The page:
It should also be noted that if a temporary program is successful, there may be a backlash from restaurant owners and consumers when it is set to expire, so time limitations need to be made clear from the outset to prevent undue reliance on the program.  


Additionally, time is of the essence as more and more restaurants are permanently closing their doors and those that survive will need some form of assurance of their ability to operate profitably in the coming months.  


Location – What additional spaces will restaurants be able to utilize?  It may be easy to offer adjacent public property spaces such as the sidewalk and adjacent on-street parking spaces, but what about potentially closing off lanes of traffic or entire roadways? What about spaces on private property that would otherwise be limited by zoning restrictions such as private parking lots and driveways? It should be made clear whether zoning restrictions will be suspended in certain areas for such programs.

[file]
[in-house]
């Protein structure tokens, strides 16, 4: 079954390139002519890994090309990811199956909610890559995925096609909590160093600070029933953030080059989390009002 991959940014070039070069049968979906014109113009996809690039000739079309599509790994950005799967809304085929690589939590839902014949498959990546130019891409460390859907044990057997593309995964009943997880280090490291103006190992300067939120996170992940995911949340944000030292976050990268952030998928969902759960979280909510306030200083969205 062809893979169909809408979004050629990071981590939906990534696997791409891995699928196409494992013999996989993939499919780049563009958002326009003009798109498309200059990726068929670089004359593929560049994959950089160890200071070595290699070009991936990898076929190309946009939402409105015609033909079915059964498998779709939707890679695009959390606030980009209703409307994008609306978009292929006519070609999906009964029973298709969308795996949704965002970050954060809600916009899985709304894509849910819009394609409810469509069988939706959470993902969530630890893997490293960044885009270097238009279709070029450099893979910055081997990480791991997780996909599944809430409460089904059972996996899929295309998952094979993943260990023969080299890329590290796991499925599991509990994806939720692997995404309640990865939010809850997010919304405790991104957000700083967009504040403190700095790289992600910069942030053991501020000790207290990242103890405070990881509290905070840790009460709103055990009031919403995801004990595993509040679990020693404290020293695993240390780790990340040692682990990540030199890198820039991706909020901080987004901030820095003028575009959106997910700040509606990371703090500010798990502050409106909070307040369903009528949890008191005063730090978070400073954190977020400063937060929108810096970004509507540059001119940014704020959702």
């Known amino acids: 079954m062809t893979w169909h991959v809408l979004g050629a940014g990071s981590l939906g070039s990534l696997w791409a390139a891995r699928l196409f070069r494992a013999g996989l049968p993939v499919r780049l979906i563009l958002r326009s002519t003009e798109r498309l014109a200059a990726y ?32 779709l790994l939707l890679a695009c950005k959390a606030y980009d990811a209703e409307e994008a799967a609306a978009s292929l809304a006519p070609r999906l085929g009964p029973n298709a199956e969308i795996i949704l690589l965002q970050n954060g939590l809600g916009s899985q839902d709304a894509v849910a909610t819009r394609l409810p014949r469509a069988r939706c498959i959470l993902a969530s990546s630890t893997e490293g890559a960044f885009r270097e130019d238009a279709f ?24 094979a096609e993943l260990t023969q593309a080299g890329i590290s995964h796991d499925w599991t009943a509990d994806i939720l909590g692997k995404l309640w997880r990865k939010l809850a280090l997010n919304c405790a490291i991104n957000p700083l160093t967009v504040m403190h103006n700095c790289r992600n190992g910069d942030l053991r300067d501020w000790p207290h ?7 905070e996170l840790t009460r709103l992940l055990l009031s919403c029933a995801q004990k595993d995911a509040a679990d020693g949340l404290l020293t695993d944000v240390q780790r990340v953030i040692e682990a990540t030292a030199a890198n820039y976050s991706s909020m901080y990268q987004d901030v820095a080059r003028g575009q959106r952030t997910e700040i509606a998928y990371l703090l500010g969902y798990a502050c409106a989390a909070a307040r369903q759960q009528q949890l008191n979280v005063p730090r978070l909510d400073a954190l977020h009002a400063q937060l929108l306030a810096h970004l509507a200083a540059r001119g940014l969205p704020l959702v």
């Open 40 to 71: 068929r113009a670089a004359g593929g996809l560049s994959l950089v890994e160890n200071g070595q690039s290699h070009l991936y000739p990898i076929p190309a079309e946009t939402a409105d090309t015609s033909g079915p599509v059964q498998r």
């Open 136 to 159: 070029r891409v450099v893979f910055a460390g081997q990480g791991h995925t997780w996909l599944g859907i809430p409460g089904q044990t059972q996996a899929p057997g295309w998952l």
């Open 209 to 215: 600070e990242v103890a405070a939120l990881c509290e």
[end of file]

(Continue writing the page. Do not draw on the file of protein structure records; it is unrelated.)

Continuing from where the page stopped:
Additionally, will additional space need to be contiguous to the business's current outdoor seating or storefront, or could it be somewhat removed, and if so, what limitations will be in place?  This is a consideration for those businesses that may be across the street from an open public green space but have little to no outdoor area on their side of the street that is convertible into additional seating area.  


Regulation – In addition to pandemic related sanitation and social distancing guidelines, should these outdoor seating areas be subject to the same general restrictions as pre-existing outdoor or sidewalk café regulations?  Will businesses be allowed to set up equipment, such as umbrellas, fans, or lighting in these outdoor seating areas, and if so, will there be design guidelines?